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Elegant and Seductive Navajo Pottery

Navajo Pottery is practical and beautiful, making a prize for a collector

Navajo Corn Yei Vase by Kenneth White

The Navajo have made pottery in the Southwest since their arrival here sometime around the 16th century.

But, because people have made pottery since about the beginning of time, it’s a pretty sure bet that they brought pottery with them during their migration. The Navajos made both plain and decorated pottery, and the plain is usually considered to be their old-style.

After the railroads arrived in the Southwest during the 1880’s, the Navajos began weaving more rugs and making less decorated pottery — the rugs were very popular with the travelers who journeyed through our countryside. (No surprise there.  They truly are unsurpassable.)

Today, there’s no need to push your way through a museum to see the old-style pottery. It is still popular today, and you can see fine examples of it at trading posts and galleries.  (At Twin Rocks, we like to consider our collection particularly terrific!)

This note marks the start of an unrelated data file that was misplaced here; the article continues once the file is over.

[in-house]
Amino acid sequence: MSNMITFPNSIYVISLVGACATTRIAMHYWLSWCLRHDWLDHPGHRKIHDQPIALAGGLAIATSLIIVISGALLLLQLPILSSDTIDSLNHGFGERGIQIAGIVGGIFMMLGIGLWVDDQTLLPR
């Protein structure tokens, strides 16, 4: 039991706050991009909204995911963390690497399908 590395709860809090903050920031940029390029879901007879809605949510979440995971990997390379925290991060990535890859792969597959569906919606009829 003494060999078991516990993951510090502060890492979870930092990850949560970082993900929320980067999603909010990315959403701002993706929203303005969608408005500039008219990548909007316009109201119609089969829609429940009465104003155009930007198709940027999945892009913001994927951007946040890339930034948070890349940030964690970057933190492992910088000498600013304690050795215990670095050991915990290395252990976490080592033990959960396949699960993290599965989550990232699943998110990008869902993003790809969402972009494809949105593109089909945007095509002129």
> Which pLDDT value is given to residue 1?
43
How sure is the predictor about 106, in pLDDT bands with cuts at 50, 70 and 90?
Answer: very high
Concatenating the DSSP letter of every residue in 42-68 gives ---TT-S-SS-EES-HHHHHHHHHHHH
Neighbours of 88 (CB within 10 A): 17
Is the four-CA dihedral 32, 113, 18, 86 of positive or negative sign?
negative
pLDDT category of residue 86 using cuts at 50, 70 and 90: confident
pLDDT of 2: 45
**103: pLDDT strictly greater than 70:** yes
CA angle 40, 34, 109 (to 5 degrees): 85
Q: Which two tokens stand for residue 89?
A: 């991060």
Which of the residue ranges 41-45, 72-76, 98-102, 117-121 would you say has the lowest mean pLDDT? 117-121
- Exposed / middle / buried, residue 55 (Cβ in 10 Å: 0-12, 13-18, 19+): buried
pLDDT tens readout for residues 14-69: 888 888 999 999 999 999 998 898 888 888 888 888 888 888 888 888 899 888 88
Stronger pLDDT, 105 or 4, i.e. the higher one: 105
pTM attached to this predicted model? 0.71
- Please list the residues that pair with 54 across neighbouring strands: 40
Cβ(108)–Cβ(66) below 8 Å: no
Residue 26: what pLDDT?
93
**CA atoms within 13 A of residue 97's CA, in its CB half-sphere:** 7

Navajo pottery is often pear-shaped, conically bottomed, and colored in a reddish brown. It is serviceable and made waterproof by coating it with resin from pinon pine. (Put your nose to the rim and inhale — the smell still lingers, and it is heavenly.) Once the resin permeates the clay, the pot can be placed in hot coals with no loss of the resin or its sealing properties.

The decorations are simple beading or applique. If the pot has the clay beads or fillets, a space or spirit break is included. It might appear as if the potter forgot to include one fillet — no, it is a mystic and intentional part of the design.

Anasazi culture potshards are ground and used as a tempering agent. The pot is built by coiling, shaped by hand with a corn cob and fired in an open pit.  The Wedding Vase, and other styles of vases, are the most popular and they make unique gifts. Navajos also create large jars, but they’re rare — usually the pots are under 12 inches tall.

The love of Navajo pottery has recently surged, a happy event for all. Appliqued decorations include yucca plants, cactus, horned toads, animals, humans, and flowers. Collectors love them, and so do we!